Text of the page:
HOME  → POSTS  → 2004

Websites of 2003

Website638 words3 minutes to read

2003 seems to have been a big year for the web design community… or, at least it seems that way to me. Many of the websites that I read regularly, as well as learn the most from have all come about in 2003. All-in-all, I’d say that this was a good year.

Now, I don’t know if all of these websites came about in 2003, but I’d like to list some of the best ones I’ve come across in this last year (in alphabetical order):

1976 Design

Dunstan seemed to have come out of the middle of nowhere to be one of the most read websites in the community. He’s been accepted into WaSP, and has some very entertaining content on his site. Definitely a must-read.

456 Berea Street

Roger has a very good site here on web standards, accessibility, CSS, and other such stuff. His site is less personal, and more focused on pure web design. Perfect for no-nonsense people.

Adam Polselli

Adam is a very good, up-and-coming web designer, with a weblog focused on graphics and design. His site goes beyond the simple understanding of aesthetics into just plain looking freaking good. I anticipate many good things coming from him in the next year.


Darice is a newcomer to the world of web design (as far as I can tell), and she is getting better and better as each day passes. She’s got interesting content, and I expect her writing skills to grow tremendously in the next year.


John Hicks is an excellent designer from the UK. Well worth reading.


Not that Dave Shea needs an introduction, but I’ll go ahead and give him one anyways. His work with the CSS Zen Garden and the new Mozilla Foundation website is world renowned. He’s a major name in web design, yet seems very accessible to the rest of us. I have a tremendous amount of respect for this man and the work that he does.


The first time I came across Ethan Marcotte’s site was when following a link entitled “CSS Only Mostly Stupid” when I was trying to learn more about this new Langridge Image Replacement technique. I heard about Joe Maddalone’s now-famous article for multiple versions of Internet Explorer at once from Sidesh0w. In turn, Ethan was the first person to link to the IE downloads on my site. Because of this, I went from 150 hits a day to 800+ hits a day. Thanks Ethan!


Dan Cederholm was the brain behind the redesigns of Fast Company and Inc.com. His work has always been excellent, and his content is nothing short of the most helpful information out there. I owe much to this man.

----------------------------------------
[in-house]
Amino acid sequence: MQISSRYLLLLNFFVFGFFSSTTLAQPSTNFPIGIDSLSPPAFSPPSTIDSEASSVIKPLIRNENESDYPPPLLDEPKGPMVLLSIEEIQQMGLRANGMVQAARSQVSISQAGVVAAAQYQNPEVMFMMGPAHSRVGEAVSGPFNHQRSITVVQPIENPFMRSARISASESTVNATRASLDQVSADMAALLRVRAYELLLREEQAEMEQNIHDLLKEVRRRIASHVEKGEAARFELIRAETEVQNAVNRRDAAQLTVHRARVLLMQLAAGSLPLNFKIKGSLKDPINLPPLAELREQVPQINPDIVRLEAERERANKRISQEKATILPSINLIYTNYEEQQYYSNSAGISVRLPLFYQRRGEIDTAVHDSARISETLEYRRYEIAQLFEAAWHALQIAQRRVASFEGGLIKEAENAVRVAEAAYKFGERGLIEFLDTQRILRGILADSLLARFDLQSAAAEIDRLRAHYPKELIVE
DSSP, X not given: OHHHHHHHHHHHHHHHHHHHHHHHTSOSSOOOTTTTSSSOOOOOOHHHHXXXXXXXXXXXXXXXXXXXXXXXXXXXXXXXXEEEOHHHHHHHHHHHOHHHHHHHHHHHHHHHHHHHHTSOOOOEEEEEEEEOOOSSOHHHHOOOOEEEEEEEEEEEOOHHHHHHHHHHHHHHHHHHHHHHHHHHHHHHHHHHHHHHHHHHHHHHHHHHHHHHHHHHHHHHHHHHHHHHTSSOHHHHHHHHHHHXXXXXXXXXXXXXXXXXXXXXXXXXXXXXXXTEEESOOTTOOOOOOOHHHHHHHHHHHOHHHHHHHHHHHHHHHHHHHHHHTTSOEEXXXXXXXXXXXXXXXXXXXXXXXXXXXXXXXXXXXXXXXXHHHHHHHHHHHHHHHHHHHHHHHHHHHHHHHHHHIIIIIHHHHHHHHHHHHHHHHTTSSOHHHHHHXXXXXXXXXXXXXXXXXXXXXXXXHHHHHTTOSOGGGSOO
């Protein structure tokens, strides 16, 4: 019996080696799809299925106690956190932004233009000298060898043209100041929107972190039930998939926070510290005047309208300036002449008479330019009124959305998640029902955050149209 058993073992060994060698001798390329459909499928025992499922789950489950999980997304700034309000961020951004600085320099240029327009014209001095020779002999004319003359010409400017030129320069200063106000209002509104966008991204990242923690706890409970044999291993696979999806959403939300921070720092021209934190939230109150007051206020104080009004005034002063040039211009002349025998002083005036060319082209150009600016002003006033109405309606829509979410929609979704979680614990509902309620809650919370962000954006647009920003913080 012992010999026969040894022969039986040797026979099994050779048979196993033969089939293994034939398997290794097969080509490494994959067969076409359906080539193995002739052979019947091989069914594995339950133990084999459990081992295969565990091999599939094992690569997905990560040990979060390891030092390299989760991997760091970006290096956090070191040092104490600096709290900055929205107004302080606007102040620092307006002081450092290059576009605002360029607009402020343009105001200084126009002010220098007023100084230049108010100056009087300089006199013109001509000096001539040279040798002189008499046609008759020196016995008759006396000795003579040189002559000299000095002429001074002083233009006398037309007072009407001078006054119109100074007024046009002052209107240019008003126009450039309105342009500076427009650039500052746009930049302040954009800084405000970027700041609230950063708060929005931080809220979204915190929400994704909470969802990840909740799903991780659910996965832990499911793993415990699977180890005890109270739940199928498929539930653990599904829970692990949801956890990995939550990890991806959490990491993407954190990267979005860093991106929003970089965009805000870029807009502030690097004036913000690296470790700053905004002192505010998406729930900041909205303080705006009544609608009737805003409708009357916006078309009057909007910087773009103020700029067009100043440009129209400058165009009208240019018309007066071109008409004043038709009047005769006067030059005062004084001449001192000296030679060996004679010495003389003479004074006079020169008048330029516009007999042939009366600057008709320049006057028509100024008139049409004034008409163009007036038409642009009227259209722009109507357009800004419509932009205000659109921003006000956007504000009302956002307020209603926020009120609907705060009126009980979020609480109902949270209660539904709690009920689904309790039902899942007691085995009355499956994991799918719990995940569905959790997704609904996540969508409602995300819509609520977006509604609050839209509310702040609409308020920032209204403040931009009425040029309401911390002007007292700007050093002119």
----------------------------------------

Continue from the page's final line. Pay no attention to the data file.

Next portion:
What Do I Know?

Todd Dominey has been an inspiration for minimalist design for me. His site is clean, his voice is strong, and his work is brilliant. Another must-read.


This is definitely the break-out website of the year. There are not enough good things that I can possibly say about this man’s website. His work with Whitespace and the CSS Vault has gained recognition from some of the biggest names in the industry. Keep it up!

Happy 2004 to everyone. May the new year bring you joy, happiness, and the correct year on all of your checks. God bless!

P.S. One of the sites I must say I’m looking forward to in 2004 is the one from David House. According to comments he’s made he’ll probably have a website up sometime in the spring. We read and comment on many of the same blogs, and we both participate frequently on Coding Forums. From what I’ve seen from him so far (pre-website), I’m expecting many good things to come from him. Watch the design community for his name in the upcoming months: David House. =)

Ryan Parman

is an engineering manager with over 20 years of experience across software development, site reliability engineering, and security. He is the creator of SimplePie and AWS SDK for PHP, patented multifactor-authentication-as-a-service at WePay, defined much of the CI/CD and SRE disciplines at McGraw-Hill Education, and came up with the idea of “serverless, event-driven, responsive functions in the cloud” while at Amazon Web Services in 2010. Ryan's aptly-named blog, , is where he writes about ideas longer than . Ambivert. Curious. Not a coffee drinker.